Make the Crate a Positive Place

Crates are not meant for punishing a dog, the dog’s crate should be their safe and happy space. That doesn’t happen overnight, you will help to help show your dog that only good things happen in the crate.

Put surprise treats in the crate for him to find and encourage investigation. Toss favorite toys in the crate and allow your dog to get them and bring them out.

Feed all meals in the crate to help the dog make a positive association with the crate. If a dog will not go in the crate to get his meal, you may need to set the bowl in front of the crate and after several days slowly move it inside. Another trick is to set the bowl in the crate and then shut the door, with the dog on the outside. After a minute or so the dog may be very excited to go in the crate.

Try the same method with a frozen stuffed Kong or high value treat/toy, something he/she only gets in the crate. To start, place the crate where you spend the most time. Fill the crate with fun treats and items with the door open.
Once your dog is going into the crate on her own, start closing the door for short periods of time and increase time slowly with the dog’s comfort level. Avoid shutting the door if the dog is panicked. The goal is to teach your dog to want to be in the crate and timing is individual for all dogs.

Be aware of the behaviors your dog is displaying before opening the door to let her out. Only open the door when your dog is calm and quiet. If you let a dog out when they are barking, whining, or pawing at the door, they will learn that those behaviors help get them out of the kennel.

Avoid doing these crate games when other dogs are present and always be sure that children are never allowed inside the crate with the dog.

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Training Your Dog to “Go Kennel”

Once your dog is comfortable going into the crate, say, “Kennel” as he/she goes inside and reward at the back of the crate. Practice the dog going in and out multiple times a day.

Crating for Longer Periods of Time

Crate training your dog for times when you need to leave the house is important. Help set him/her up to succeed with these helpful suggestions:

  • Allow your dog to go potty outside before crating.
  • Provide him with proper exercise before and after being crated.
  • Stuffed Kong toys can keep them busy and can make their crate time more enjoyable.
  • Leave the TV or radio on – this will help block out outside noises that can cause concern to your dog.

Confinement Issues and Separation Anxiety

Constant barking, whining, drooling, chewing bars, digging, scratching, etc. might indicate that your dog has issues with confinement. Try very brief absences in a room to see if that is more appealing. Watching on a webcam to observe the behaviors can be helpful. If the dog is eliminating, chewing, or scratching at exit points or excessively drooling, this could be separation anxiety.

It is possible that this could be part of your new dog’s adjustment to a new home or they may have never been properly crate trained. As your dog begins to feel secure in the new home and is trained in a positive manner, most times these behaviors resolve. If these behaviors continue after the first several weeks you may need to seek help.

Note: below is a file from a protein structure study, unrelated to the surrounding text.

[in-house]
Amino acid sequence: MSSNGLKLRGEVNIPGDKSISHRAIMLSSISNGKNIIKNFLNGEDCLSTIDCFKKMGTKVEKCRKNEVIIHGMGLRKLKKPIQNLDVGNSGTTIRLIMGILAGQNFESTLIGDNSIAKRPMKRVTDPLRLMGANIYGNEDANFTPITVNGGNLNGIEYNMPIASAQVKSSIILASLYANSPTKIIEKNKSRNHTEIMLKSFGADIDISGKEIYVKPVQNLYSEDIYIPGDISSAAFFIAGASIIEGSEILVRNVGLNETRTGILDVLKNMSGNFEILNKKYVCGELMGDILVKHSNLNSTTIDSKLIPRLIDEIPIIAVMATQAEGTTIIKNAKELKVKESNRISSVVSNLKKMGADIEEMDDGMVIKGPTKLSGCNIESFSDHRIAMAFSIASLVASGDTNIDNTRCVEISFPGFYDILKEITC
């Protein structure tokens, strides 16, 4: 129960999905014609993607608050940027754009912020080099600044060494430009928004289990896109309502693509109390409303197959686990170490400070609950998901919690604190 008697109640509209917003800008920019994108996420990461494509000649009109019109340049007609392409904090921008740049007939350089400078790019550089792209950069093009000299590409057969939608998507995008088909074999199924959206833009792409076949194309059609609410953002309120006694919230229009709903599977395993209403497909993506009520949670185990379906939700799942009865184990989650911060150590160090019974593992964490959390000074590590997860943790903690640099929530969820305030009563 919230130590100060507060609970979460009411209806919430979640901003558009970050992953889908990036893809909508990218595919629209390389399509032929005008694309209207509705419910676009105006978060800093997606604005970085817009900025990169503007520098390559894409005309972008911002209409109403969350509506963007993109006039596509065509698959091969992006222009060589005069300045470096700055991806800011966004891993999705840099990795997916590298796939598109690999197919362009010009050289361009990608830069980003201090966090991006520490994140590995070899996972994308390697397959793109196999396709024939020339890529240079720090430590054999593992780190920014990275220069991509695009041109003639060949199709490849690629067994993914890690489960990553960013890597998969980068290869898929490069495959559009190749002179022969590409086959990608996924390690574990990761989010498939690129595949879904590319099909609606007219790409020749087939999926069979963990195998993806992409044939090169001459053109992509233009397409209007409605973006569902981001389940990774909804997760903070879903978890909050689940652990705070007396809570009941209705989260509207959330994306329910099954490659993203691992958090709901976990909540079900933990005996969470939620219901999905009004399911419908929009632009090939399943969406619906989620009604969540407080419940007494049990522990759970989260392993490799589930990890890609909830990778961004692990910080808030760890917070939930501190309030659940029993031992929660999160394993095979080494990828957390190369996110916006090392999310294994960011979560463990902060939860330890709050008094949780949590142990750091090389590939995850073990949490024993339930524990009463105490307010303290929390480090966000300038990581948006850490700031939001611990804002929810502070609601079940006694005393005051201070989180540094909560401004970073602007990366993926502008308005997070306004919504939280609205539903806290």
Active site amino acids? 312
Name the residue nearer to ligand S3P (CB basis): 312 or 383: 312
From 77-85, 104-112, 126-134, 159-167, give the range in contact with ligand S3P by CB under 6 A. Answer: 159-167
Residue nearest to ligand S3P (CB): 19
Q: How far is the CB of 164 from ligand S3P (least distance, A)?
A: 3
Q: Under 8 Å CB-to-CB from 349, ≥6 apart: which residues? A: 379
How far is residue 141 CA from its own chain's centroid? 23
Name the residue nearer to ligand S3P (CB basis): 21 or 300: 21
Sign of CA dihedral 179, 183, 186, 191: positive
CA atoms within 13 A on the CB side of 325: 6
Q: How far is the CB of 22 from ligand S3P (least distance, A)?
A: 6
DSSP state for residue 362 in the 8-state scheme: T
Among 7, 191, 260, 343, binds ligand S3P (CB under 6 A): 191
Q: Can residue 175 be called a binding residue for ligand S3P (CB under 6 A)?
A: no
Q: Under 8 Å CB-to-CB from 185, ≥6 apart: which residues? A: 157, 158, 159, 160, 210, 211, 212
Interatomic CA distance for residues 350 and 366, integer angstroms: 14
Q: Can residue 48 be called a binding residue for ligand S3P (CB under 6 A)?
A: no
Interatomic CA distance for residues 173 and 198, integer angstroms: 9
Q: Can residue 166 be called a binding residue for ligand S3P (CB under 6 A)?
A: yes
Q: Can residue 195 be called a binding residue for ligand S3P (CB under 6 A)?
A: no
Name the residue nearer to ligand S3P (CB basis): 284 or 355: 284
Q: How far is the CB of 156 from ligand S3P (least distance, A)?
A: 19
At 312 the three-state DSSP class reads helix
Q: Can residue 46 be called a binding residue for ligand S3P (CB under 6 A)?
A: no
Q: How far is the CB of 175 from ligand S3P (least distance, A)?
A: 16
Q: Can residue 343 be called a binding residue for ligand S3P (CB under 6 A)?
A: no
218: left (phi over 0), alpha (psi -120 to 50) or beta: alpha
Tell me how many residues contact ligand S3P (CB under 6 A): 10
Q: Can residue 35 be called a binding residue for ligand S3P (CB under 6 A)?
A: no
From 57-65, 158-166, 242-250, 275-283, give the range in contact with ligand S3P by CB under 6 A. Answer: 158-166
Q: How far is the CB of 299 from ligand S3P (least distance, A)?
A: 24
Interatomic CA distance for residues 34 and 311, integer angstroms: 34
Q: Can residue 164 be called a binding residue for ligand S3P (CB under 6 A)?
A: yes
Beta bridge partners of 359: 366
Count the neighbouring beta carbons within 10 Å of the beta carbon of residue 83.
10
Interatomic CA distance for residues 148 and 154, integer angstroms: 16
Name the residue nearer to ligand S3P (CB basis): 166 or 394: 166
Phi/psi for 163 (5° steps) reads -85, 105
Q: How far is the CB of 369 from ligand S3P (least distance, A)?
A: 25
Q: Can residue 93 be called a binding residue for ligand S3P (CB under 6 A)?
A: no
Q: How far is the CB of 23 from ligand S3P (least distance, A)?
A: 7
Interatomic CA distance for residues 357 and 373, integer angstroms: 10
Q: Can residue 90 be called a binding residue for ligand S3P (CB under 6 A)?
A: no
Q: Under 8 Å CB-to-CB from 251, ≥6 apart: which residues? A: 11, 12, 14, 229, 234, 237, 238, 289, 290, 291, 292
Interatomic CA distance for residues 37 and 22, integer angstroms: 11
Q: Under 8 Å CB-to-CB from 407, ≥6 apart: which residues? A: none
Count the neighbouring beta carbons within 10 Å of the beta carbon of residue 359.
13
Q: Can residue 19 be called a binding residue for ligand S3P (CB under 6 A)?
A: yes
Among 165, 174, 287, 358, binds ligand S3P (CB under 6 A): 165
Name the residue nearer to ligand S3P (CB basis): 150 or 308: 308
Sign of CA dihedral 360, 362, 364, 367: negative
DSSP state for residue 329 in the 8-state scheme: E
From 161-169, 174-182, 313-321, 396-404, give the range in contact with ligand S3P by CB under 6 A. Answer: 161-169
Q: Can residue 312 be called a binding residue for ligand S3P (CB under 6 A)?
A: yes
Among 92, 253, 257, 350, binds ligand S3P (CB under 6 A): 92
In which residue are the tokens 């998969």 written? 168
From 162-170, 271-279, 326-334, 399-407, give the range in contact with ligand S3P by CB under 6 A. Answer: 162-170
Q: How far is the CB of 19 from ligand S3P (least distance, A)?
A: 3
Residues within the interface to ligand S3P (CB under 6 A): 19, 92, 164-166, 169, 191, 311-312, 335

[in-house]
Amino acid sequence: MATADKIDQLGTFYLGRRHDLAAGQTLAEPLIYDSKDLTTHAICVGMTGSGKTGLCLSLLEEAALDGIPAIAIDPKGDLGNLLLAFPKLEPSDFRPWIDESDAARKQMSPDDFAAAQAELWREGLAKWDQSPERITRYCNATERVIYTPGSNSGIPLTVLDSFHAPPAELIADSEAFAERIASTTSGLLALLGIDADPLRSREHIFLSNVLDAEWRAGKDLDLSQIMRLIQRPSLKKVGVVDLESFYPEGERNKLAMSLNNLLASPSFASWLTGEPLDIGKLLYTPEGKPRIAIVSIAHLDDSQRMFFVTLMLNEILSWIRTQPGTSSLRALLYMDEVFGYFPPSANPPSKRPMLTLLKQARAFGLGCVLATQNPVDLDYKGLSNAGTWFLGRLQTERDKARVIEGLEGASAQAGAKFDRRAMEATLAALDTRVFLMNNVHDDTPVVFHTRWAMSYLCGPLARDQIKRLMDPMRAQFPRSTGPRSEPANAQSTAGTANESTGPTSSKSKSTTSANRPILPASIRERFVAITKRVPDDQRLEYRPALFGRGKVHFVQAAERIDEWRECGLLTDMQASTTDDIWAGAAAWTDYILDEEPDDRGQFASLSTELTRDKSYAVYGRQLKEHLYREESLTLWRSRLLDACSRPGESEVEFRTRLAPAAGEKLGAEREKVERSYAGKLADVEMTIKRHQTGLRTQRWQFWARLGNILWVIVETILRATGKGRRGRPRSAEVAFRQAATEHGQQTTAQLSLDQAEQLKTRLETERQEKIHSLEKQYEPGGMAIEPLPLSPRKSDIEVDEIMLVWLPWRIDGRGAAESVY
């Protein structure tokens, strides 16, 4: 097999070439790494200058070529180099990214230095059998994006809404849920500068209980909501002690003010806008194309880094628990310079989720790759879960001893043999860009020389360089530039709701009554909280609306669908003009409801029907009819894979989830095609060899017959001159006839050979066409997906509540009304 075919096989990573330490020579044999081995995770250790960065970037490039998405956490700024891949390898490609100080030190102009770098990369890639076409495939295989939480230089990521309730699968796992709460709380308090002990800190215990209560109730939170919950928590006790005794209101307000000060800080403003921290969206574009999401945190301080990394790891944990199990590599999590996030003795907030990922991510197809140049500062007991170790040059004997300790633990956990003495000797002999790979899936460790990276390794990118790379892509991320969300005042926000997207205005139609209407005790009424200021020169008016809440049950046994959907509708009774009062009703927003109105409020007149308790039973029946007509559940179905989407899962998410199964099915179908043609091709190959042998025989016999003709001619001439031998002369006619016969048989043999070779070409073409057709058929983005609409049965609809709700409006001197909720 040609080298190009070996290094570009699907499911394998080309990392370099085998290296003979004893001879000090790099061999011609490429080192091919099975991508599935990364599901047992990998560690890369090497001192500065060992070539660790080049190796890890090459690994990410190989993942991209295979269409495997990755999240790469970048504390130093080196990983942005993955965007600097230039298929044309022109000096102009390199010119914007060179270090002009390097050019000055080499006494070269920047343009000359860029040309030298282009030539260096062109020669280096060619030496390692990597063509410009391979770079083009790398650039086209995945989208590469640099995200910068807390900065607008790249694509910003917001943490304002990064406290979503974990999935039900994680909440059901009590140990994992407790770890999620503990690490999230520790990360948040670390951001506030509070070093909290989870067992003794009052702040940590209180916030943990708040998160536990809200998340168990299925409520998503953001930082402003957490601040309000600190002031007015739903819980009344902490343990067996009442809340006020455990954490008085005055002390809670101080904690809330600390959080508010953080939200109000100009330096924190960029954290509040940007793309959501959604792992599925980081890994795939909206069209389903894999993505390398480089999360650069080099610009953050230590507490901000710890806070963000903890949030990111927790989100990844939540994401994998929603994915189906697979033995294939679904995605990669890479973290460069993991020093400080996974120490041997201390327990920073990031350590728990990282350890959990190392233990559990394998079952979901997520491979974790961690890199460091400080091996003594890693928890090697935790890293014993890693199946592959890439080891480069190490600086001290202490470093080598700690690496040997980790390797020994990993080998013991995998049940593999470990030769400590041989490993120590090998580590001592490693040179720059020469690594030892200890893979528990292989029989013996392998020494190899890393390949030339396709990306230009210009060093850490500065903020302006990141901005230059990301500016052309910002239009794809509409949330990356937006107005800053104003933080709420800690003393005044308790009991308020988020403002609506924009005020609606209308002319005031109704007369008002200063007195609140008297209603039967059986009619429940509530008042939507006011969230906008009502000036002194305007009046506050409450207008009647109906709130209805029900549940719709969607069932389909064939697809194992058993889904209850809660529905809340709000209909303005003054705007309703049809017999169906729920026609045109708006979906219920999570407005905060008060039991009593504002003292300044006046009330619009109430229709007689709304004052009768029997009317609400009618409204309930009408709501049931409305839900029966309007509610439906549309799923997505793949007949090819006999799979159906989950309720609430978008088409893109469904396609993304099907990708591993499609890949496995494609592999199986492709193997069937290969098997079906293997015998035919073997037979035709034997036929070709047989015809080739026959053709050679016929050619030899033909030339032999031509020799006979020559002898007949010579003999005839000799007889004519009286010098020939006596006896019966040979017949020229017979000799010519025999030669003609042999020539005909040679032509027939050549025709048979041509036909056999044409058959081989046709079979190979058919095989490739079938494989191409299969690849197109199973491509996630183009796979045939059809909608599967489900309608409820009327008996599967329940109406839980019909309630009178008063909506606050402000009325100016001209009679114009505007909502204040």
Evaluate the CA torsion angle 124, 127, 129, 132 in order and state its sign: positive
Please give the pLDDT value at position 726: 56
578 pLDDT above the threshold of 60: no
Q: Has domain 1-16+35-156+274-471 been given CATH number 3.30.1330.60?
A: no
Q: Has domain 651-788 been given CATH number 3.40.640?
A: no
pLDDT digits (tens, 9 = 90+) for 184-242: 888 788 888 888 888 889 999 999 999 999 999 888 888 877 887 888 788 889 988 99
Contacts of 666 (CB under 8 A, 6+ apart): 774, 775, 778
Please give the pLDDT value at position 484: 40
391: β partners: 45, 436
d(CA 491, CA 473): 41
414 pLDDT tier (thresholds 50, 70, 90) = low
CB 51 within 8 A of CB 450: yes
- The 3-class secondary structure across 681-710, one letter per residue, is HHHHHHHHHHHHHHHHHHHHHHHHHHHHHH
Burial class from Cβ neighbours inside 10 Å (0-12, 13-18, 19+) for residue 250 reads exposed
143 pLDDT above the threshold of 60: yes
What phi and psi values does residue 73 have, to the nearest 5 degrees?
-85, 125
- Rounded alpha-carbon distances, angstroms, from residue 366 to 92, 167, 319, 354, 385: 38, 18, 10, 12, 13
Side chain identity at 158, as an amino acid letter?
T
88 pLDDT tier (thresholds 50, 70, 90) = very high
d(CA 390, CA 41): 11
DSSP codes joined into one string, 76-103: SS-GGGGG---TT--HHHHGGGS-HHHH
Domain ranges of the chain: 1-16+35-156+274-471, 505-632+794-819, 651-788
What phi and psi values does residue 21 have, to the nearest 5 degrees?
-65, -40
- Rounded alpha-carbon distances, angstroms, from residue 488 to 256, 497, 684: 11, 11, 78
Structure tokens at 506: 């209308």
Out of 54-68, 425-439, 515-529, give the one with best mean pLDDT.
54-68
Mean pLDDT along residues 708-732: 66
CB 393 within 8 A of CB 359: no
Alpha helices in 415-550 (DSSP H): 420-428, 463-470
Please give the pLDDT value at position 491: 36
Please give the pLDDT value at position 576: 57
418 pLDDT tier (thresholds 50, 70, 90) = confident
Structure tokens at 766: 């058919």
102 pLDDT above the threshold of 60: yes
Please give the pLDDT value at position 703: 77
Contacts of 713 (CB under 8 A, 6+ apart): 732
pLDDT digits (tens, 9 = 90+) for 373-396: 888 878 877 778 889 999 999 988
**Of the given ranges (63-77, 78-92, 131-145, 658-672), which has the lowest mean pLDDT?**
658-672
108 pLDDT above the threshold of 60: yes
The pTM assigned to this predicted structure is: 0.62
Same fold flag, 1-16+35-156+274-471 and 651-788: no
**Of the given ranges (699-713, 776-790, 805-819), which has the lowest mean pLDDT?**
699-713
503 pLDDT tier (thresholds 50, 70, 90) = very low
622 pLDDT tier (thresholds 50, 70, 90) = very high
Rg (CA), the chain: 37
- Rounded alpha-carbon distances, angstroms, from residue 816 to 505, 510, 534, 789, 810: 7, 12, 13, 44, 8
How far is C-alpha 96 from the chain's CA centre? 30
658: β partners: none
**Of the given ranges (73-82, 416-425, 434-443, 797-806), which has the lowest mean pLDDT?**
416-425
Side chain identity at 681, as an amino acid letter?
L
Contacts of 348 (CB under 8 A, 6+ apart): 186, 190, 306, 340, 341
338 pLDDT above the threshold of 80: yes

Canine Body Language

Dogs speak volumes to us through their body language, we just need to learn how to recognize what they are telling us.

When a dog growls, they are telling us that they want us to stop or back off. It’s far better to listen than to punish the growl as they are giving us a warning and we should listen.

Other signs of stress include panting, pacing, scanning the environment, sweaty paws, whale eye (whites of eyes showing), trembling, turning away of head or body, backing away, yawning, cowering, drooling, licking lips, freezing in place, and hiding. A fearful dog may bite, so if you notice your dog is getting increasingly uncomfortable, try to determine the cause, help your dog find a safe space or eliminate the problem. Learn more about dog body language here.

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Ladder of Aggression

Dogs will give gestures and warnings when they become stressed. These may start off as subtle behaviors like blinking and nose licking. If the situation causing the stress continues, their responses may escalate into aggression.
Stress behavior will increase as they become more and more fearful, anxious, or stressed. At first, they will try to tell you they are feeling worried and need space. If ignored a dog’s behavior can quickly escalate to extreme responses like low growling, baring their teeth, snapping, and biting to get them out of the uncomfortable situation.

You can prevent a dog bite by removing the thing in the environment that is causing them stress or fear. If you notice your dog is displaying these behaviors remove the dog or the stressor in the environment immediately, and avoid situations, people, dogs, and places that cause this reaction from your dog. With proper training you can slowly work on these fears.

Bringing Home Your New Rescue Dog 2021

Human Body Language

Always be aware of how your body language makes a dog feel. Go slow and let the dog initiate the contact. Direct eye contact, rushing up, reaching over a dog’s head to pet, sudden or exaggerated movements are very scary for dogs, especially when they do not know the person. It is the responsibility of adult owners to teach children what is and is not appropriate.

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Dogs and Kids

If you are expecting a baby or have children and planning to add a dog to your family, there is some great information out there by experts that really know what they are talking about! We suggest you check out these wonderful tools and resources.

Family Paws Parent Education

The Art & Science of Animal Behavior, dog behavior resources

Dr. Sophia Yin, How kids should and should not interact with dogs